Monday, 10 August 2009

Stillwater, Minnesota

I'd originally planned our itinerary to be with Art and Norma at the weekend, but she said many people left town Friday to spend the weekend at their cottage on a lake. Their family traditions, as it turns out, were associated with Hand Lake. Norma even wrote a poem about it. She is like my Mom in that, able to turn her hand to writing poetry. I think that's a natural gift and certainly not one that I have!

Anyhow, given that we needed to be at theirs mid-week, we pretty much skipped past Madison and Milwaukee to get to Minneapolis (where would this area be without the letter "M"?) and I wanted to go back to those places, even if only briefly. First, however, we would be passing through Stillwater, Minnesota, and I was looking forward to that; it is the birthplace of my Grandma Clara and much of her family. We asked if there was anything in particularly to see there. Art told us it was a tourist trap and, yes, it was pretty but whatever you do,
don't stop there! The traffic is terrible, etc., etc. Clearly he's not a browse-in-the-tourist-shop type. Well, neither am I normally, but as I'd never seen Stillwater and we were, after all, tourists, I had no intention of taking his advice.

Stillwater reminded me a lot of the old part of Guthrie, Oklahoma, with the old brick buildings and the sidewalk shops. However, Guthrie doesn't sit on the beautiful St. Croix River. I noted a sign that said "Birthplace of Minnesota" and I've just now had the opportunity to look up why. According to Wikipedia, this is because of a 1848 territorial convention that began the process of establishing Minnesota as a state, held at the corner of Myrtle and Main Streets. At that convention, three leading cities were chosen for important public institutions. Minneapolis got the University of Minnesota, Saint Paul became the capital and Stillwater got the territory's first prison; a nice 'thank you' if you ask me, but I suppose it did bring jobs...

This reminds me of an interesting part of Spike's Tour of Minneapolis where he noted that States tend to keep these three institutions, political, educational and correctional, in separate places; something about them being corrupt or vulnerable to corruption. That's a conversation I shall have to follow up with him one day.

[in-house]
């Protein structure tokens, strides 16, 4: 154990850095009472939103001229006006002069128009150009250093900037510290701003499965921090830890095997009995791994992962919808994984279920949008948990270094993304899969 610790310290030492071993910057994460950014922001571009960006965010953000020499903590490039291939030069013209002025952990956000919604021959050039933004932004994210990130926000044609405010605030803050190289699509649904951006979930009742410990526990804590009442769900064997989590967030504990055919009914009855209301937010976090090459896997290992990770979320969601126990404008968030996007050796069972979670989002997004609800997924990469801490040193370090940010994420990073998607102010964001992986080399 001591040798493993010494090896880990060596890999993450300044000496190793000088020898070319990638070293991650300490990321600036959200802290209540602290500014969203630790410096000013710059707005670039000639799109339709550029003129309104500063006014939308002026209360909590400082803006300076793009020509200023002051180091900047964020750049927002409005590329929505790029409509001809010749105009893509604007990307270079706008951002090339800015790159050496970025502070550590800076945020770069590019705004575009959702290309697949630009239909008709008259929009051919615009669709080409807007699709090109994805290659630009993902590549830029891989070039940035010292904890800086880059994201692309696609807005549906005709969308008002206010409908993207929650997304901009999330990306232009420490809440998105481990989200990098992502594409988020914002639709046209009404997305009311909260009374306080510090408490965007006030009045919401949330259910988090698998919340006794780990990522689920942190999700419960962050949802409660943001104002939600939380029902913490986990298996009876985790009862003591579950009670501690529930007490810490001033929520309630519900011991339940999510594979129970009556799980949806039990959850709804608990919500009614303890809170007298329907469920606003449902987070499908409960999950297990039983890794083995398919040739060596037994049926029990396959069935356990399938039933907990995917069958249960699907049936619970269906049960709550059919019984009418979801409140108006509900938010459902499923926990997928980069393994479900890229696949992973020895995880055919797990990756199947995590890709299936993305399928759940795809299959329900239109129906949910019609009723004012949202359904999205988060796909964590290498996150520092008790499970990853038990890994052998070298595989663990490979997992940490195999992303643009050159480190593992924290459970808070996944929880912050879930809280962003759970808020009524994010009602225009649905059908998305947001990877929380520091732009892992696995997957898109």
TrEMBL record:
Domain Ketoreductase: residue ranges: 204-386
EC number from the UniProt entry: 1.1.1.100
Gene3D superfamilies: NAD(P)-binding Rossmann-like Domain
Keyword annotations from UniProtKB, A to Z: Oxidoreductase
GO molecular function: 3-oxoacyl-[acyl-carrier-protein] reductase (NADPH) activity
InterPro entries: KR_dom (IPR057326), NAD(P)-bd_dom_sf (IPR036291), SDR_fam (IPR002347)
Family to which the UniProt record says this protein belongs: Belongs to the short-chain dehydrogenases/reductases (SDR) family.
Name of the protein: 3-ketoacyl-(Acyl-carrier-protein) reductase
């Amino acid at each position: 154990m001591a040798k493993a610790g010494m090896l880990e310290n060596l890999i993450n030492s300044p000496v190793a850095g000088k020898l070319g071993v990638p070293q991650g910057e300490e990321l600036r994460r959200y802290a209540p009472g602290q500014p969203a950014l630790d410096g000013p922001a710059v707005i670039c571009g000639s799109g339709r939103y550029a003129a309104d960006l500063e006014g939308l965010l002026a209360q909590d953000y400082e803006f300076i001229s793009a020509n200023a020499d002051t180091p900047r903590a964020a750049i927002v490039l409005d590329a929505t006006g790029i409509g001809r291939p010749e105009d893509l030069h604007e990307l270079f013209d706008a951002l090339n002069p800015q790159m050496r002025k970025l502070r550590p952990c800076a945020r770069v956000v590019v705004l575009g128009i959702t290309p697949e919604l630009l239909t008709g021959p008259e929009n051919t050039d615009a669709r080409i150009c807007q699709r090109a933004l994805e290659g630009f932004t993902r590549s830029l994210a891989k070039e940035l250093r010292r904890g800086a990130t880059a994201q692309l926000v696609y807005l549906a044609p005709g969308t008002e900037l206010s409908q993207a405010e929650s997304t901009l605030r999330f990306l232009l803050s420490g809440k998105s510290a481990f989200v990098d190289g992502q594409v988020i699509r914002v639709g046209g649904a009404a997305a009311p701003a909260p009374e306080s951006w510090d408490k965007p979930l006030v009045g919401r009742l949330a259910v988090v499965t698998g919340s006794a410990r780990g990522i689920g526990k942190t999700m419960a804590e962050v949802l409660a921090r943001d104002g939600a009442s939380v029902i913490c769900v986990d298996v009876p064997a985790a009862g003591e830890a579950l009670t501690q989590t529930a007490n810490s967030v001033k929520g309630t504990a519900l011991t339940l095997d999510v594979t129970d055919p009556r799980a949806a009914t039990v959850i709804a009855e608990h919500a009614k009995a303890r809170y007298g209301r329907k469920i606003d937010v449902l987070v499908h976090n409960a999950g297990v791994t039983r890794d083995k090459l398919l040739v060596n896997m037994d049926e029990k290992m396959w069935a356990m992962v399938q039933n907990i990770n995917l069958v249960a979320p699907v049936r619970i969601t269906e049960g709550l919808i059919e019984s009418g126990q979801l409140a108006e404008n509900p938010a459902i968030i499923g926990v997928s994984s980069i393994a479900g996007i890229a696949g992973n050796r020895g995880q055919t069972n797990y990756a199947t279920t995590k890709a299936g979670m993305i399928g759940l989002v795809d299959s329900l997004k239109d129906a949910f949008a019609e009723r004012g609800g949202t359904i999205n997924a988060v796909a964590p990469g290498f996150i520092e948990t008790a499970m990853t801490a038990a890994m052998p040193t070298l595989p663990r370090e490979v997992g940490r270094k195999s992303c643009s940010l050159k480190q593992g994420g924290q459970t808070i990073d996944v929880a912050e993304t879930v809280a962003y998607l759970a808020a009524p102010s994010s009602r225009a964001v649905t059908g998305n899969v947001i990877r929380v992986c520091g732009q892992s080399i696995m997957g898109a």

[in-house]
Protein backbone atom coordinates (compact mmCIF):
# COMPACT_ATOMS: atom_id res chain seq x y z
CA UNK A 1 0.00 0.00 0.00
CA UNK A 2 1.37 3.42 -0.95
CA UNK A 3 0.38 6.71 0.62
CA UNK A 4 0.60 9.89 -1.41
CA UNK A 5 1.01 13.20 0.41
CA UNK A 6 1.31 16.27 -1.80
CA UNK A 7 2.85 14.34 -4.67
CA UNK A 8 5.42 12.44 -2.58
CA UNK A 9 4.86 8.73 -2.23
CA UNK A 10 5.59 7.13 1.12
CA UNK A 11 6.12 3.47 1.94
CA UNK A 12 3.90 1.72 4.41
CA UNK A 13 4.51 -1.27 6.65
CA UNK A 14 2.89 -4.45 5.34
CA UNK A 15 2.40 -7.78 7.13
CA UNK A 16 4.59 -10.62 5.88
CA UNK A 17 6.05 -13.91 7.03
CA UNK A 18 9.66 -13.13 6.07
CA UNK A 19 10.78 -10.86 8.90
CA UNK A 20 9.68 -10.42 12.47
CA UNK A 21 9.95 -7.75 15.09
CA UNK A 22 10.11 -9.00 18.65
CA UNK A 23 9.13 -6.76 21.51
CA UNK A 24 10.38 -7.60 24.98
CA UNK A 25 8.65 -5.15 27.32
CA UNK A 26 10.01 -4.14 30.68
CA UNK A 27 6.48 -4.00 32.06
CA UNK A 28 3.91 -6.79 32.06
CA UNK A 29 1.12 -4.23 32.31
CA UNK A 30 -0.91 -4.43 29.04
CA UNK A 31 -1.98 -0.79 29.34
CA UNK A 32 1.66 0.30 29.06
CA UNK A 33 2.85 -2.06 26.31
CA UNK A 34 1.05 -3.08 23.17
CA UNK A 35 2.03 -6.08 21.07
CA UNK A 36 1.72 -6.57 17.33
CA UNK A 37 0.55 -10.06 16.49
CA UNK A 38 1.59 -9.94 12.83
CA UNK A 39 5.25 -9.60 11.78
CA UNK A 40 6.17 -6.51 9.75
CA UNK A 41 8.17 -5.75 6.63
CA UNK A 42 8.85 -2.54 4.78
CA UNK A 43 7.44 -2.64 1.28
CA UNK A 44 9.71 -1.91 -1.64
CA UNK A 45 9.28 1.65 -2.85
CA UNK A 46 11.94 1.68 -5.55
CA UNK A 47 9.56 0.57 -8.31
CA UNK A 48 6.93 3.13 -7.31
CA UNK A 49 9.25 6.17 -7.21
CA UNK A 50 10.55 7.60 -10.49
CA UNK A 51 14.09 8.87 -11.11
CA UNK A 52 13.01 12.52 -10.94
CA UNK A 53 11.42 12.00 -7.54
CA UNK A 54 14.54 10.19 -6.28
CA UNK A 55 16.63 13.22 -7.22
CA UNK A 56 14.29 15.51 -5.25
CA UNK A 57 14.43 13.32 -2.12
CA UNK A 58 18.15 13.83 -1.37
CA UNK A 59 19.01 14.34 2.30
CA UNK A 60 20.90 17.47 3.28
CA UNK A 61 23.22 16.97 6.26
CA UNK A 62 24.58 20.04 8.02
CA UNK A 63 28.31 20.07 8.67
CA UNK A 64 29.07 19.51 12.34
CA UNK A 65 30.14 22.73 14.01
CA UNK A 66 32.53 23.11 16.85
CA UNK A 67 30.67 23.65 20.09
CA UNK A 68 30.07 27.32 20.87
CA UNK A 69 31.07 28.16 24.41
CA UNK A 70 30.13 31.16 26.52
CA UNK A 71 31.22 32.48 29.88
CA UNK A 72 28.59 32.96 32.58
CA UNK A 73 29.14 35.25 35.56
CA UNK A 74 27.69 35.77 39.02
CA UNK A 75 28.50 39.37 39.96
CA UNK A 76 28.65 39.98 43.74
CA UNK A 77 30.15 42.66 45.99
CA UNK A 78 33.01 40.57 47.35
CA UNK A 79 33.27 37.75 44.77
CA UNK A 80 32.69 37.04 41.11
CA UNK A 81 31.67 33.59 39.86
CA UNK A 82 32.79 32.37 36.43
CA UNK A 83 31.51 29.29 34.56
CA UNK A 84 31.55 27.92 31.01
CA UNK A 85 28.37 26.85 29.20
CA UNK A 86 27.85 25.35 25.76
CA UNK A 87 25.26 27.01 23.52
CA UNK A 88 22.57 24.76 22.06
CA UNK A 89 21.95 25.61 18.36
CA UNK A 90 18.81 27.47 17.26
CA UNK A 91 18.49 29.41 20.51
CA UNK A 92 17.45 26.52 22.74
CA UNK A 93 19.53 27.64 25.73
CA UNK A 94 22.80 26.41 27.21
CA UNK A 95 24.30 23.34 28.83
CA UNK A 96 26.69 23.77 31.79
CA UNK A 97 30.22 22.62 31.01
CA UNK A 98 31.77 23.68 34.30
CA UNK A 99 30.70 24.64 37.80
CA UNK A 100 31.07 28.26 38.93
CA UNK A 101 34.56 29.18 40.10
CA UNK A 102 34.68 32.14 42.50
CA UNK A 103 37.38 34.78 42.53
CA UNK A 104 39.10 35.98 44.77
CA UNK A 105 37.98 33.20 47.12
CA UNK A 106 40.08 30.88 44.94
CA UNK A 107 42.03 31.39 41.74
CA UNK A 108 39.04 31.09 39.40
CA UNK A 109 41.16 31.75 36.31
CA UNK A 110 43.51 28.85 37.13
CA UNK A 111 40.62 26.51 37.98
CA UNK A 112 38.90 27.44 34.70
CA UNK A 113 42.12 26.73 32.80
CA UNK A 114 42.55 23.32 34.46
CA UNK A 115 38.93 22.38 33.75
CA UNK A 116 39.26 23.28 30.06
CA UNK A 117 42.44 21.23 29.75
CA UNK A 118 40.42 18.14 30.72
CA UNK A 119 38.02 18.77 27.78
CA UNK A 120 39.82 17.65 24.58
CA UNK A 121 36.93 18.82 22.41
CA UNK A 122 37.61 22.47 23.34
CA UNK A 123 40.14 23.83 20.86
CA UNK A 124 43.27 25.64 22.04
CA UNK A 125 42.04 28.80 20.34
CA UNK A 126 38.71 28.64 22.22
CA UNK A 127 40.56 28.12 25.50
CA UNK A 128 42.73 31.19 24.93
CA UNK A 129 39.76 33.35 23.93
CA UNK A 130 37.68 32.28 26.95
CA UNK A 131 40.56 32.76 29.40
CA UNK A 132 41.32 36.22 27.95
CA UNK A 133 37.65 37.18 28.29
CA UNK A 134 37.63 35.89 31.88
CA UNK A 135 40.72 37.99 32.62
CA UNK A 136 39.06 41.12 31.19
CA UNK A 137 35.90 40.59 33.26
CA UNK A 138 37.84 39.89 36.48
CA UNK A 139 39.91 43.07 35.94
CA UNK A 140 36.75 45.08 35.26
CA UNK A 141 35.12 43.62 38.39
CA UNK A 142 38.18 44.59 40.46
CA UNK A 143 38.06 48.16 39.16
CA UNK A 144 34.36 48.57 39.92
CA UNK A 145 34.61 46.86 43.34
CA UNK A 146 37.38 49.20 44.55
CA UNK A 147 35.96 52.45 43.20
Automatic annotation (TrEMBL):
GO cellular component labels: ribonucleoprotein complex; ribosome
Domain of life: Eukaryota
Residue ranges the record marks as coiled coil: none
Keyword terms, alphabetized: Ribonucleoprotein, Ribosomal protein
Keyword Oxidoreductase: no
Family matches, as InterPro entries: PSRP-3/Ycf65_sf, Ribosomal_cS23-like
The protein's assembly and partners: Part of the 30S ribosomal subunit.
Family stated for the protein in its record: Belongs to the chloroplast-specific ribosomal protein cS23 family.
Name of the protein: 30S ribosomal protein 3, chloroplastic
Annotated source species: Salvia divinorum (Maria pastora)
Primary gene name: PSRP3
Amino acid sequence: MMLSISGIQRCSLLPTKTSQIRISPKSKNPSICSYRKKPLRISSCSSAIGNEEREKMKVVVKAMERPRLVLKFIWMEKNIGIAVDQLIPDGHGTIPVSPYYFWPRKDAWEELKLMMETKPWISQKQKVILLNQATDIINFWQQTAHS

I didn't see any sign of the prison, but I did see the street signs for Myrtle and Main, most notable to me because my Grandma's favourite sister was named Myrtle. It wasn't an uncommon name when she got it (1893), but it was relatively rare by the time I came along. I was also taken with the cafe called Jake's, as that was what Grandpa's family called him.

I only saw this small bit of Stillwater, but I thought it was a lovely place and when we crossed over the Lift Bridge and headed south towards I-94 and Madison, I saw lots of places I could imagine living. (Did I ever mention that we once looked to buy a house in Guthrie?) But before we leave Stillwater, I have to confess to having done exactly what Art wanted to save us from: I found a couple of great shops, bought souvenirs (Christmas tree ornaments) and even took pictures...

1 comment:

alphagary said...

Too funny Shelley! I don't know if you got my last message or not but you probably got your Christmas ornaments from one of the same places I do! They have great stuff, unique, clever and usually made by a regional artist. They make the best gifts. I think most of the vendors in Stillwater know me by name...yeah, its pretty sick!

Hope all is well in England! Love the blog... if you have any questions about some of the notes you took while on tour just let me know and maybe I can help decifer them for you!

Until then, take care.